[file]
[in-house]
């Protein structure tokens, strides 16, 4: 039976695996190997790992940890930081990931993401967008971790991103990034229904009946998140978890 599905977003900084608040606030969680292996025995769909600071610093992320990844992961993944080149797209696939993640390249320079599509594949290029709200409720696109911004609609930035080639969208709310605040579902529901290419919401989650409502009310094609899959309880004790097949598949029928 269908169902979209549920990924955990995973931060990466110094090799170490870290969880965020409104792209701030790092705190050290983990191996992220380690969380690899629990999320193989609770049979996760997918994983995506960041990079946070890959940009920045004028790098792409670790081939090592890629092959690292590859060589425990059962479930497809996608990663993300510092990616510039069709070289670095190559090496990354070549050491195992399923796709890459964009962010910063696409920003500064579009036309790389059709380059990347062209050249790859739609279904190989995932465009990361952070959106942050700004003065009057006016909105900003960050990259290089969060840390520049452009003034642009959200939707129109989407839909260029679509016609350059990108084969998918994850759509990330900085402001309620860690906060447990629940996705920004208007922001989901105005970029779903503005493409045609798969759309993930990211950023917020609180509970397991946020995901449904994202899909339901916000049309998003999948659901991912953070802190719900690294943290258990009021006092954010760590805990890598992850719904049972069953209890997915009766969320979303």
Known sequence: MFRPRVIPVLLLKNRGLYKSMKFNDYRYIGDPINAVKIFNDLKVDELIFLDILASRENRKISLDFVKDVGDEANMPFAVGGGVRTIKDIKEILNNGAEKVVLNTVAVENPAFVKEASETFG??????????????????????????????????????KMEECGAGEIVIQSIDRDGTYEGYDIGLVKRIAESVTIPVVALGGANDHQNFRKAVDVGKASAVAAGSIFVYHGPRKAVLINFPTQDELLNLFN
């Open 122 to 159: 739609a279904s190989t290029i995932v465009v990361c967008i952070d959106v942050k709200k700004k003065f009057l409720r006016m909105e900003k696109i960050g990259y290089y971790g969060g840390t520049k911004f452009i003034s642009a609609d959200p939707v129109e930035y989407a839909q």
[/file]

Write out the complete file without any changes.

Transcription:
[in-house]
């Protein structure tokens, strides 16, 4: 039976695996190997790992940890930081990931993401967008971790991103990034229904009946998140978890 599905977003900084608040606030969680292996025995769909600071610093992320990844992961993944080149797209696939993640390249320079599509594949290029709200409720696109911004609609930035080639969208709310605040579902529901290419919401989650409502009310094609899959309880004790097949598949029928 269908169902979209549920990924955990995973931060990466110094090799170490870290969880965020409104792209701030790092705190050290983990191996992220380690969380690899629990999320193989609770049979996760997918994983995506960041990079946070890959940009920045004028790098792409670790081939090592890629092959690292590859060589425990059962479930497809996608990663993300510092990616510039069709070289670095190559090496990354070549050491195992399923796709890459964009962010910063696409920003500064579009036309790389059709380059990347062209050249790859739609279904190989995932465009990361952070959106942050700004003065009057006016909105900003960050990259290089969060840390520049452009003034642009959200939707129109989407839909260029679509016609350059990108084969998918994850759509990330900085402001309620860690906060447990629940996705920004208007922001989901105005970029779903503005493409045609798969759309993930990211950023917020609180509970397991946020995901449904994202899909339901916000049309998003999948659901991912953070802190719900690294943290258990009021006092954010760590805990890598992850719904049972069953209890997915009766969320979303």
Known sequence: MFRPRVIPVLLLKNRGLYKSMKFNDYRYIGDPINAVKIFNDLKVDELIFLDILASRENRKISLDFVKDVGDEANMPFAVGGGVRTIKDIKEILNNGAEKVVLNTVAVENPAFVKEASETFG??????????????????????????????????????KMEECGAGEIVIQSIDRDGTYEGYDIGLVKRIAESVTIPVVALGGANDHQNFRKAVDVGKASAVAAGSIFVYHGPRKAVLINFPTQDELLNLFN
């Open 122 to 159: 739609a279904s190989t290029i995932v465009v990361c967008i952070d959106v942050k709200k700004k003065f009057l409720r006016m909105e900003k696109i960050g990259y290089y971790g969060g840390t520049k911004f452009i003034s642009a609609d959200p939707v129109e930035y989407a839909q």